Early next October, about a month before the presidential election, America will mark a disturbing milestone: the 15-year anniversary of invading Afghanistan to seek and destroy terrorists who masterminded the September 11, 2001, attacks that killed thousands, brought down the World Trade Center and set the Pentagon aflame.
Outgoing President Barack Obama, who promised as a candidate in 2008 to extricate the country from the grinding warfare in Afghanistan that has killed tens of thousands of civilians, left almost 2,400 U.S combat troops dead, and maimed or wounded many thousands more, will depart office with that pledge unfulfilled.
Obama said on Wednesday that an 8,400-person military presence would remain in the country to support Afghan National Defense and Security Forces (ANDSF) – 3,000 more than originally planned – at least until 2017. The ANDSF remains too weak to stand on its own against a resurgent Taliban, the radical Islamic organization that gave refuge to Osama bin Laden and al Qaeda, perpetrators of the 9/11carnage.
The Taliban now controls more of Afghanistan than it did when former President George W. Bush sent U.S troops into battle there in 2001, the Los Angeles Times says, citing estimates by the United Nations.
That dismal statistic comes despite the $68.4 billion that Congress appropriated between 2002 and March of this year to underwrite training of Afghan security forces, according to a report by the Special Inspector General for Afghanistan Reconstruction (SIGAR). And that doesn’t include monies contributed by coalition forces there and the Afghan government itself.
The question now is this: If Obama couldn’t arm and train Afghans to safeguard their own country, will the next president – should she or he continue this effort – be able to do any better?
Presumptive Republican presidential nominee Donald Trump tweeted last January: “Let’s get out of Afghanistan. Our troops are being killed by the Afghanis we train and we waste billions there. Nonsense! Rebuild the USA.”
But it’s not that easy.
“We’re not trying to create a Western-style society here. We’re looking at an adequate level of security to prevent the re-emergence of transnational terrorist threats,” the current commander of U.S. and NATO forces in Afghanistan, Lt. General John W. Nicholson Jr., said in a hearing before the Senate Armed Services Committee earlier this year, according to the SIGAR report.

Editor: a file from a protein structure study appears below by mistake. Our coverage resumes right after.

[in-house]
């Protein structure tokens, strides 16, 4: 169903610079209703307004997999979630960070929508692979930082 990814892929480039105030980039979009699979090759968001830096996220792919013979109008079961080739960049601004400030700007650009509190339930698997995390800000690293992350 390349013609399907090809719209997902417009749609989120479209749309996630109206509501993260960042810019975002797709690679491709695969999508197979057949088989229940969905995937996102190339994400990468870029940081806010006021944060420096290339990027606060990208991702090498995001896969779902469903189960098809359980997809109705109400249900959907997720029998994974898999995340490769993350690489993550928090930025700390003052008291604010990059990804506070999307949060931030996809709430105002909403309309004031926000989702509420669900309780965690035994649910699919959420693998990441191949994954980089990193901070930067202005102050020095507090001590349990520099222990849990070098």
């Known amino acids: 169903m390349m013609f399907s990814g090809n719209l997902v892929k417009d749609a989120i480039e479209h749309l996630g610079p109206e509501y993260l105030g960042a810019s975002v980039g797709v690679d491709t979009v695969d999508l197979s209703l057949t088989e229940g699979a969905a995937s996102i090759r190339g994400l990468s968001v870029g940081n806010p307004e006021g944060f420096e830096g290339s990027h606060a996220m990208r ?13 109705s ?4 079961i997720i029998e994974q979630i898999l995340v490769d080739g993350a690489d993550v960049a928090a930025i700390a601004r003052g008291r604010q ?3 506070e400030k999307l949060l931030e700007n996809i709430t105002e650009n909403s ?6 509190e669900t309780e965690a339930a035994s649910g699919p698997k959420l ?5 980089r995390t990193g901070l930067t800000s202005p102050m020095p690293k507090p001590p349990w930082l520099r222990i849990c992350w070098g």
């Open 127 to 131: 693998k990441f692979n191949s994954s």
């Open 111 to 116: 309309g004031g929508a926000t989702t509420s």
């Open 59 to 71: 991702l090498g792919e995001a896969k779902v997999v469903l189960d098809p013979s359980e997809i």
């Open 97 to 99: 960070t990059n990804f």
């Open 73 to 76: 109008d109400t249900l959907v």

That means just keeping the wolves of the Taliban at bay and preventing it from providing another safe haven for terrorists.
General John F. Campbell, who retired as coalition commander in March after an 18-month tour, has said that 70 percent of the problem with Afghan forces is poor leadership.
Last February, National Intelligence Director James Clapper told the same Senate committee that “fighting in 2016 will be more intense than 2015, continuing a decade-long trend of deteriorating security,” the SIGAR report said.
So the next president will likely have to make the same sort of decision that Obama wrestled with in 2009 when the security situation in Afghanistan was also eroding. The general then commanding coalition forces, Stanley McChrystal, urged the president to commit 40,000 more troops. But Vice-President Joe Biden, later ridiculed by McChrystal in a Rolling Stone article that resulted in his dismissal by Obama, led the opposition to a big surge in troops.
After much debate, McChrystal didn’t get the buildup he wanted and had to settle for 17,000 additional soldiers. One hawkish Cabinet member had his back, however. The general’s push for a serious surge, which might have resulted in a different outcome by 2016, was fully supported by the then Secretary of State, Hillary Clinton.